In fact, the miraculous feeding of the 5000 people is a foreshadowing of the miraculous feeding of the Holy Eucharist, which we will hear about  at Mass next week. The Gospel of John states that the next day after this miracle  that Jesus and His disciples had crossed to the other side of the sea. The crowd of people noticed that Jesus was gone, so they go looking for Him. 

When the crowd comes toward Jesus after crossing the sea, Jesus tells them yes, you are looking for me because you ate the loaves and were filled. But, “do not work for food that perishes but for the food that endures for eternal life, which [I] will give you (John 6:27). Jesus further says, “I am the living bread that came down from heaven. Whoever eats this bread will live forever. And the bread that I will give is my flesh for the life of the world (John 6:51). 
The miracle of the loaves and fish find its fulfillment in the sacrament of the Holy Eucharist. Our Lord Jesus Christ is the living Bread! He has come down from heaven, and He feeds us with Himself so that we may have eternal life. 

In the beginning of this homily I related how over the past several years that many false theologians have tried to say that the multiplication of the loaves and fish was not a miracle.

This sort of thinking has become the mentality of many Catholics today. Science and technology coupled with our secular, relativistic culture has darkened the minds to many to the supernatural reality of our Church. In fact, since the 1960s many Churches have taken the tabernacle from behind the altar and put it off to the side.

Many modern Churches have been built to look more like a social hall or movie theater instead of a reflection of the heavenly Jerusalem. And many Catholics have lost awareness of the TRUE PRESENCE of our Lord in the Eucharist which is the ultimate miracle God has provided. 
Many today look at our Church as if it is a sort of political party or social club. We hear the terms so often today of liberal and conservative Catholics. Yet, when it comes to the teachings of our Church, there is no such thing as left or right Catholics.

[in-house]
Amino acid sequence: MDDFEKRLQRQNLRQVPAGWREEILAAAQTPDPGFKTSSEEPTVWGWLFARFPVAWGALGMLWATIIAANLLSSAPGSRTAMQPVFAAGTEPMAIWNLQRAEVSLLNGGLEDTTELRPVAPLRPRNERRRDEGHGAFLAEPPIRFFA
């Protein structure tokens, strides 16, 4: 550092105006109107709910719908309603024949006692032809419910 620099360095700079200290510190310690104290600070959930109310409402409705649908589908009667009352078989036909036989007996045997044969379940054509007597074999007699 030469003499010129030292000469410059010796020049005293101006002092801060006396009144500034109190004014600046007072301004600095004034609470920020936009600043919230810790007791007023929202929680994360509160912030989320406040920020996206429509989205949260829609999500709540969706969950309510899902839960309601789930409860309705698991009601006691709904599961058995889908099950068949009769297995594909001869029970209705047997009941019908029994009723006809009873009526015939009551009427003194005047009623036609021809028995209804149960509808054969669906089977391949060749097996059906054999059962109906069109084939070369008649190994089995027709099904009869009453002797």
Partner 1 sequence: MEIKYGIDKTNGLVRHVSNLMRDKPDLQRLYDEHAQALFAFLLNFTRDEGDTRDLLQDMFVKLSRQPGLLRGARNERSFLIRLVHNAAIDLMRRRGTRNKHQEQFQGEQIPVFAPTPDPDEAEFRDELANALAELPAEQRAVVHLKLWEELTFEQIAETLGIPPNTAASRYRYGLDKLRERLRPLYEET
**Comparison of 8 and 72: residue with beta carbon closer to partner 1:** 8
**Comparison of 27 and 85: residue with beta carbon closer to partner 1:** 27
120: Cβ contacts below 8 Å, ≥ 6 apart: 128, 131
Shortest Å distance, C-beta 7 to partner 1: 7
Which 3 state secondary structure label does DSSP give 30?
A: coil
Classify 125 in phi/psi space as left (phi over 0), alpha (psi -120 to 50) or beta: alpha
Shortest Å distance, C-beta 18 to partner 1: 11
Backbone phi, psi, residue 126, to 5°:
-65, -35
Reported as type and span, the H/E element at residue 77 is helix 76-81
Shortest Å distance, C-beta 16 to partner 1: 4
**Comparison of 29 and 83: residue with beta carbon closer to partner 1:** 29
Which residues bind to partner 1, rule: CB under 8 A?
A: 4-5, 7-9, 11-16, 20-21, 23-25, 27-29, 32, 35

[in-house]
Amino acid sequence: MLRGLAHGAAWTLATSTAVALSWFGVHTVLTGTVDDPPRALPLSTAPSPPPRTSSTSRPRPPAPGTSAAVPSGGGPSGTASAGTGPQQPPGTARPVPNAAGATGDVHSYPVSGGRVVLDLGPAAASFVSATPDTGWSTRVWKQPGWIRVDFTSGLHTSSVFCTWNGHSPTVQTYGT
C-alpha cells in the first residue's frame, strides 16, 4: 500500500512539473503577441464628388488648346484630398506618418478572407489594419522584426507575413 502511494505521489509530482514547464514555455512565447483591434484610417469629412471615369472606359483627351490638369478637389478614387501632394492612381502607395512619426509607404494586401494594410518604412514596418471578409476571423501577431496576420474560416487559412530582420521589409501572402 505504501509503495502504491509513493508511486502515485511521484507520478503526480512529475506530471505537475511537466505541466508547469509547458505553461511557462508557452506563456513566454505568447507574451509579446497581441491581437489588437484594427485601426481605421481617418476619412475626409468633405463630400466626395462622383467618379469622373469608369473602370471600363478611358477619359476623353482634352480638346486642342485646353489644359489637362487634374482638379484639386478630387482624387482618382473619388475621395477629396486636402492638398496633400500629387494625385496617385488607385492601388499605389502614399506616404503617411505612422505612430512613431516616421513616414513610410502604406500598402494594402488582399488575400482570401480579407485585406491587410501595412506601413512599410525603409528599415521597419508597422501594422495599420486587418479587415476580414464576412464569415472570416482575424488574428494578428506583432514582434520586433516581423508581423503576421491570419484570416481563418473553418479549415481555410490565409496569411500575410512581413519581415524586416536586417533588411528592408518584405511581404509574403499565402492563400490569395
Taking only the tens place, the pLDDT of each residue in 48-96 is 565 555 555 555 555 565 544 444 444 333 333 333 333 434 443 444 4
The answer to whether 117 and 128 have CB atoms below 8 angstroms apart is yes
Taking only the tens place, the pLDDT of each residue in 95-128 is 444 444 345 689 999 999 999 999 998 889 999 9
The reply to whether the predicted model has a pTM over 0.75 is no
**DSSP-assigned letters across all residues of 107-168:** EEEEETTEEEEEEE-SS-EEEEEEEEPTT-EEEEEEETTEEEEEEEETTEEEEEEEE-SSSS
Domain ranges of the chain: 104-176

This sort of thinking is an earthly mentality. We either want to follow the teachings of our Church or we don’t! And if we don’t want to follow the teachings handed down to us by the apostles through the Catholic Church, including the moral teachings, then there are hundreds of other Churches we can join which will cater to our own earthly desires. 

Of course, these Churches, or what we would call "ecclesial communities," do not have the real Bread from Heaven because they have broken away from the Church instituted by Jesus Christ. 

My brothers and sisters, today’s Gospel passage of the miracle of the multiplication of loaves and fish calls us not to focus on what is here below but on what is above! This is why we come to Mass! The crowd in today’s Gospel followed Our Lord because they had filled their bellies and witnessed miracles. We come to our Lord in faith. 

And when we come to Him in faith, it is then that Our Lord provides for us not simply with earthly food, but with heavenly food—the gift of eternal life. Let us come to Him in humility. For He alone will satisfy our needs.

Did you enjoy this homily? There are more. 
Please read: How Desperate Are We for God?